What about intraoperative OCT? Will that fit? Clearly, it is not ready for prime time for a lot of reasons. First, it's not real time, so if you are operating at micrometer precision on the retinal surface, peeling off membranes that are tens of micrometers thick, where the outline is not clearly visible and the landmarks are not visible to the OCT machine (so to speak), you have to stop, image, look away at the image, look back at the patient, and go back to work. Therefore, the advantage is not as great as many people are touting it to be. There are very significant display issues. After all, the core image acquisition is the slice, and that slice is oblique to your field of view. When you look at the patient, you are looking en face -- at a frontal view of the retina. That's not a B-scan slice, so even if you rerender these images in a so-called "C-scan reconstruction," it's off axis. How do you render that to the surgeon so that it looks like you would expect it to look when viewing through an operating microscope? There are significant complexity issues around scaling, tracking, and alignment. Put another way: If the image is bigger or smaller than what you are looking at in the fundus or it is positioned somewhere different, that's a problem. Where do you put this display? Do you put it where you look to turn your head to one side? Do you look up, a heads-up display? If you put it in an overlay in the operating microscope's image insertion or augmented reality, then it blocks your actual view of the patient. In short, intraoperative OCT is not ready for prime time, and I'm not sure that it ever will be, except perhaps for special situations such as pediatric cases.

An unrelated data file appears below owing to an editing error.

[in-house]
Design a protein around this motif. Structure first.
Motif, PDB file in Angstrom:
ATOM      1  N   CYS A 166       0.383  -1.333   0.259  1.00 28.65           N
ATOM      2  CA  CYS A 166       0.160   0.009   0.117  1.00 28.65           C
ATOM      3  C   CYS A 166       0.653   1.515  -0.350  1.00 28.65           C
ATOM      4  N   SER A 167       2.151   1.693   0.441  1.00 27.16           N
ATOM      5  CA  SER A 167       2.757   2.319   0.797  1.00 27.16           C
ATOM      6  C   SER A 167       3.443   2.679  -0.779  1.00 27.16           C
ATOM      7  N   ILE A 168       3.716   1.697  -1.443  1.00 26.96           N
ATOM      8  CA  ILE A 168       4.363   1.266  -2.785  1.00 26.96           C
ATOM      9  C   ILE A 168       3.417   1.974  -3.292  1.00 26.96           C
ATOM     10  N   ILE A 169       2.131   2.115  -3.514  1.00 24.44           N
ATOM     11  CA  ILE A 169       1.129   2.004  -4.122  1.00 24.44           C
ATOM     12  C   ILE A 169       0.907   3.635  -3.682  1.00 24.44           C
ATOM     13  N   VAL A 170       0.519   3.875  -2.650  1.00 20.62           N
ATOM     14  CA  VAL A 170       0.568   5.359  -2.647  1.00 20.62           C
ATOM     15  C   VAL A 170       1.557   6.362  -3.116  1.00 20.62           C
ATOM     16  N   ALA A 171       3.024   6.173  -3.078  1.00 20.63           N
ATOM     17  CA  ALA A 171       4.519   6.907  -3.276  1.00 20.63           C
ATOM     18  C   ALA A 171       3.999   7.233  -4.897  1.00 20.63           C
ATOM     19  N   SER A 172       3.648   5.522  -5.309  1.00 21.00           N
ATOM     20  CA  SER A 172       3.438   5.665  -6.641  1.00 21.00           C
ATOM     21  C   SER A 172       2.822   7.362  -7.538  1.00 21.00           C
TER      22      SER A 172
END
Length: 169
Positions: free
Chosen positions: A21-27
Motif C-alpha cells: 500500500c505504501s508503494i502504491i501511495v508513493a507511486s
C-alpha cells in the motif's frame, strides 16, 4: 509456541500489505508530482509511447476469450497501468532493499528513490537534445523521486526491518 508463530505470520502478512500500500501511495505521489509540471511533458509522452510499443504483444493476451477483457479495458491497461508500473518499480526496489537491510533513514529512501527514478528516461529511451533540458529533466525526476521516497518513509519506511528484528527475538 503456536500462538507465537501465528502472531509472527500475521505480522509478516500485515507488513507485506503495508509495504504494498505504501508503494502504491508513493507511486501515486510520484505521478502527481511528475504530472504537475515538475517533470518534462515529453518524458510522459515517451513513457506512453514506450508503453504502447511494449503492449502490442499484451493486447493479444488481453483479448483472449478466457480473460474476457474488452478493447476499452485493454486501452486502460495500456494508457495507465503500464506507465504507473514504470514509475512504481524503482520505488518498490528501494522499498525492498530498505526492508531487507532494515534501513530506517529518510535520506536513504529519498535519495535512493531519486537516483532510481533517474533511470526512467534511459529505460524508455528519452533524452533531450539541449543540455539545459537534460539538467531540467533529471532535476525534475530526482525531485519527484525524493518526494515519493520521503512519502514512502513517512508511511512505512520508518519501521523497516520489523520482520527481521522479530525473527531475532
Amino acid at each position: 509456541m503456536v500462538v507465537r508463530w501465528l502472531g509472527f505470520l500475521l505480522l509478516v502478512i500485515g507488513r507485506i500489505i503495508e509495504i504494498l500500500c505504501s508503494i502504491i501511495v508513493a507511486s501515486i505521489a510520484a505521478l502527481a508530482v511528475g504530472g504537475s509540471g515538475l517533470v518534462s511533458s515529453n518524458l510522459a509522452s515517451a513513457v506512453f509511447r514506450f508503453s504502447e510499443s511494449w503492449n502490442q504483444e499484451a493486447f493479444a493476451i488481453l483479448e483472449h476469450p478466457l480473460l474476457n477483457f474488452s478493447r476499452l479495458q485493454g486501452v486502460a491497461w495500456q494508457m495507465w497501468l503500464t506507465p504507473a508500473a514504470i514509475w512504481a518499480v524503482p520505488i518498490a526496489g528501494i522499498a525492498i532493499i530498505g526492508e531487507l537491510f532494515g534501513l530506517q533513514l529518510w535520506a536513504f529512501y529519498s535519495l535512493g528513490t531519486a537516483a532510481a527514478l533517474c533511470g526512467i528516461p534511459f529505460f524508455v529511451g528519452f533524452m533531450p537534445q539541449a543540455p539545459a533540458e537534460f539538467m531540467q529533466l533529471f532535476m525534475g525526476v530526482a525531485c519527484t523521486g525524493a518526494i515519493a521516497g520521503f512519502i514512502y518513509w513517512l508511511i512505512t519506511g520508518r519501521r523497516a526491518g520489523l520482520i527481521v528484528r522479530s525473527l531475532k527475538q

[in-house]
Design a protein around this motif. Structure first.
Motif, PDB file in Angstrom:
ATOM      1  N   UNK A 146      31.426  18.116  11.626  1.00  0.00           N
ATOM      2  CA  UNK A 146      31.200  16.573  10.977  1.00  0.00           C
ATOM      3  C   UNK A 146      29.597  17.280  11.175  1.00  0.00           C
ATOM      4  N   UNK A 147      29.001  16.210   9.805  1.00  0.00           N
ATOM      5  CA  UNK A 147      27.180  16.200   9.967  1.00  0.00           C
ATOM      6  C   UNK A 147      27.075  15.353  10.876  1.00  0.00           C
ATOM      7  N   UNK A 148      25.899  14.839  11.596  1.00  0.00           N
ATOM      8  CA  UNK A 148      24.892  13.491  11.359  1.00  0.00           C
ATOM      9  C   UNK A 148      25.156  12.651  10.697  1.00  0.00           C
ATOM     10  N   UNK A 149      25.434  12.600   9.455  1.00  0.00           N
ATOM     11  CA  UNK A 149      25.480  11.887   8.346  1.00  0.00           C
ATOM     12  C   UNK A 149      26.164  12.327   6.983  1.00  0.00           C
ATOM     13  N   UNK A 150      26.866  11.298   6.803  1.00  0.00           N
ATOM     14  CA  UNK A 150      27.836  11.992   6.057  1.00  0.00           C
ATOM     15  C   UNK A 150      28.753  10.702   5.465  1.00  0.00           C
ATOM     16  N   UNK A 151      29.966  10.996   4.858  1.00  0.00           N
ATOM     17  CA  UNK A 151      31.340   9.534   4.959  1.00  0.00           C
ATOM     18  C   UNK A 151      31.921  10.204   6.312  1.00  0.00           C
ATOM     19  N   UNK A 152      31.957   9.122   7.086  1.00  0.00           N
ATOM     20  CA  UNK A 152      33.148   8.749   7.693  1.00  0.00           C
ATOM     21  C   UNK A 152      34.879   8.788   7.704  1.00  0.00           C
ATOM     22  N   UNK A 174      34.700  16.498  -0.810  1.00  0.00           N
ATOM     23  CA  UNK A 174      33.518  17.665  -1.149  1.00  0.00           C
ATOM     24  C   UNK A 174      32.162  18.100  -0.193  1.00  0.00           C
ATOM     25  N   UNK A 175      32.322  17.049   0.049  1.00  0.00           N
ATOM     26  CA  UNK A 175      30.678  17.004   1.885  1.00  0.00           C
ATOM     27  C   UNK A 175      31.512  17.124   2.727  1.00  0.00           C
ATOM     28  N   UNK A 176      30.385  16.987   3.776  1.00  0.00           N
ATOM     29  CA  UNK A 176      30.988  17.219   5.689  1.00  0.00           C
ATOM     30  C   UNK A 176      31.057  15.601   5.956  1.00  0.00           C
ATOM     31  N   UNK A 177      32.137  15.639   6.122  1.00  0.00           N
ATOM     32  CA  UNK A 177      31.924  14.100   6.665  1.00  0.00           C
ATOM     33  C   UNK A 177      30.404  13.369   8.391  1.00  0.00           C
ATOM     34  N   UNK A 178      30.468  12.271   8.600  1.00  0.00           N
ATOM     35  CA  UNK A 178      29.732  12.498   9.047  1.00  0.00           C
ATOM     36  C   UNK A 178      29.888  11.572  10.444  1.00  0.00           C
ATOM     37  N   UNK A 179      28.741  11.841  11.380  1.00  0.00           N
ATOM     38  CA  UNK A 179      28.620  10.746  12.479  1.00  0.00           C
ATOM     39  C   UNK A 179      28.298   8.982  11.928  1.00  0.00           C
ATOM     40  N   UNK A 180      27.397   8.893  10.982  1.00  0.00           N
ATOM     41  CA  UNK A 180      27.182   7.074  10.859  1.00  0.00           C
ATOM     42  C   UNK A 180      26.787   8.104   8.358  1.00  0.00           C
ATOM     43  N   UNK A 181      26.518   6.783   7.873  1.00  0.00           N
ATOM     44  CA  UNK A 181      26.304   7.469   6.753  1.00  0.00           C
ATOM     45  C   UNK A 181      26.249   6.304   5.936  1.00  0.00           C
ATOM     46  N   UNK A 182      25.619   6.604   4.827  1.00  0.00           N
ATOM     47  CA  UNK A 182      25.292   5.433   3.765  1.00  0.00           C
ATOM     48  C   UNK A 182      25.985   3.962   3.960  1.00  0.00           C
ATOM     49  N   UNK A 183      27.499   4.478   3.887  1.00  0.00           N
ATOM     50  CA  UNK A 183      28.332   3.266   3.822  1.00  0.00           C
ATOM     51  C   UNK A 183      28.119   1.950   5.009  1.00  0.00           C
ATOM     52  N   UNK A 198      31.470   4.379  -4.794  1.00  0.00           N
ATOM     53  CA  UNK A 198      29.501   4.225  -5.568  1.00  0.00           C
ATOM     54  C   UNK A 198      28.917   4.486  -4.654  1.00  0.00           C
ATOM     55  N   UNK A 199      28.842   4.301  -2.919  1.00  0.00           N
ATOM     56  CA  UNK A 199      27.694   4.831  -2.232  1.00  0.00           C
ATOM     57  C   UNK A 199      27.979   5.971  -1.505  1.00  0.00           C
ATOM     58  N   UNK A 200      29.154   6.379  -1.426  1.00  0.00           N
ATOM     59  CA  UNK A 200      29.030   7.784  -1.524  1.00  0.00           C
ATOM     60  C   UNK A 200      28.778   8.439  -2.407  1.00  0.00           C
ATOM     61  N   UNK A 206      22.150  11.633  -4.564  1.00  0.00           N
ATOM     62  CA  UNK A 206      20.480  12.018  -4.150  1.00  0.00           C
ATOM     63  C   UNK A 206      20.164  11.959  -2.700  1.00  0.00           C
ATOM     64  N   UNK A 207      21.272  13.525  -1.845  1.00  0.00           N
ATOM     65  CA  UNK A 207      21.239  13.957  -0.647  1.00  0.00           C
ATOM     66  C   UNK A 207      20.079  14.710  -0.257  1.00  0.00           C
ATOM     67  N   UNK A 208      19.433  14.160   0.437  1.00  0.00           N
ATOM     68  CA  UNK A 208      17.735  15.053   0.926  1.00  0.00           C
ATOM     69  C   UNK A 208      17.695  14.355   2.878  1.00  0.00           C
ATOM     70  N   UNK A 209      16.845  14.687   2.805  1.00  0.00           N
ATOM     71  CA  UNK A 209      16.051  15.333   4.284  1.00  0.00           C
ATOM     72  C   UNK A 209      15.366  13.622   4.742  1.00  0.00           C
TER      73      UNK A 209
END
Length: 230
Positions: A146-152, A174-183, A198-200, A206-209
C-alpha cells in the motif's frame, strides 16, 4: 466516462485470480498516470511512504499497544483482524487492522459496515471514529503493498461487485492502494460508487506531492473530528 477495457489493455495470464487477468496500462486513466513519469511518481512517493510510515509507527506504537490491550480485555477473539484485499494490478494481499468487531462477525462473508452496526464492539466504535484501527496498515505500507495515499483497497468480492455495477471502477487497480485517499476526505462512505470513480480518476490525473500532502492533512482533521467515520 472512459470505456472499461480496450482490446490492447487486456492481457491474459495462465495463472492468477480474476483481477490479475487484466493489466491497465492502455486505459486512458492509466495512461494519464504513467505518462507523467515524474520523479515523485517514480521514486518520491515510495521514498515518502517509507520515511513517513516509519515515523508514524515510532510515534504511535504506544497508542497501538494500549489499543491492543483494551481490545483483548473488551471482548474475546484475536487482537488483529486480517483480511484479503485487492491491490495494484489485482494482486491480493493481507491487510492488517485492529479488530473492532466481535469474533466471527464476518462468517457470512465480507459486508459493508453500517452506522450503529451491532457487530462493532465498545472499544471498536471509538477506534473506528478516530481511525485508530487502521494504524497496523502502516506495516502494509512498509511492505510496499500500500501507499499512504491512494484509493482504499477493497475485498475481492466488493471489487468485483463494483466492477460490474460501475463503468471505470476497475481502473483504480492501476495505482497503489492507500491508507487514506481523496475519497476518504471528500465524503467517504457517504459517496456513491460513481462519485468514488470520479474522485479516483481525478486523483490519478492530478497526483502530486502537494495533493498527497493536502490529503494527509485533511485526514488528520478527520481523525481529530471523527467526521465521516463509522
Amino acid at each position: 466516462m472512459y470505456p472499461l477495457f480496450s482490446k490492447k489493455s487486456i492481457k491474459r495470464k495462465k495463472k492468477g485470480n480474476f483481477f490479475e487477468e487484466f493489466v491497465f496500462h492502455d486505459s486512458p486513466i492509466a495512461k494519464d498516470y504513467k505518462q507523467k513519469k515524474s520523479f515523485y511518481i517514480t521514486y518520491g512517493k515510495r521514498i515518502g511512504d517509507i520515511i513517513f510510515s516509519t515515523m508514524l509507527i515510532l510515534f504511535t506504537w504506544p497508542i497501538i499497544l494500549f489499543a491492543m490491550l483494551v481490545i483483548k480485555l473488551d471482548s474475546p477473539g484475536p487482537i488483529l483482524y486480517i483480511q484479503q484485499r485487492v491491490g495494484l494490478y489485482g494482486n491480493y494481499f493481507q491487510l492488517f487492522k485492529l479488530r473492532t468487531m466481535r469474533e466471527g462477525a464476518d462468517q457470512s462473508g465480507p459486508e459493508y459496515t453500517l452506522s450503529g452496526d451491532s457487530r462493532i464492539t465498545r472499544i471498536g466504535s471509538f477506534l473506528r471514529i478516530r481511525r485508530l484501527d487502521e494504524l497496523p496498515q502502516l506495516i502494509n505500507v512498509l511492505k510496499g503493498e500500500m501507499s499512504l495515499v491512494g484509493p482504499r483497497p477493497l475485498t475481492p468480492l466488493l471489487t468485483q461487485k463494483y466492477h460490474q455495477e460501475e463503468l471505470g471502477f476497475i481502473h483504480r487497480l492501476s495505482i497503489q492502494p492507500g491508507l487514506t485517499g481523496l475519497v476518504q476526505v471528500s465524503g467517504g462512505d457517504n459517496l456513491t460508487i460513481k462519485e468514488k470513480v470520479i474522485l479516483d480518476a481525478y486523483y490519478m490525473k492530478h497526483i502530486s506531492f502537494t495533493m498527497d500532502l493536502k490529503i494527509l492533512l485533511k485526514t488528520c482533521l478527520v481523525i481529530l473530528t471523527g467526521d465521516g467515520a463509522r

Peeling the Internal Limiting Membrane

Returning to surgical techniques, what about internal limiting membrane (ILM) peeling? Clearly, ILM peeling has been accepted in macular hole surgery, but is it needed in other situations? John Thompson[4] made an excellent case -- which I completely support -- that ILM peeling is required for lamellar macular holes as well as for foveoschisis, especially in myopic patients. He made the point that air or gas is required to restore fovea anatomy and to get the schisis to regress. I have had a very high success rate in these areas, as presented by Dr. Thompson. I emphasize the need for ILM peeling in these other entities, not just in full-thickness macular holes.

What about ILM peeling in epimacular membrane surgery or so-called "macular pucker" (an outdated term)? It is clear that it reduces recurrences because it takes away all the cells that are on the retinal surface, and it eliminates the adherence sites on which these modified astrocytes proliferate in the recurrence setting. It also immediately gets rid of metamorphopsia as evidenced by the disappearance of stria on the table. Kirk Packo[5] emphasized these points in his eloquent presentation at the great debate at the Academy today. Earlier in the week, we heard a presentation by Stanley Chang[6] that would dispute this issue. However, his data were based largely on microperimetry and a relatively short-term follow-up; I don't think they take away from the point that ILM peeling is advantageous in all cases of epimacular membrane surgery.

Staining the ILM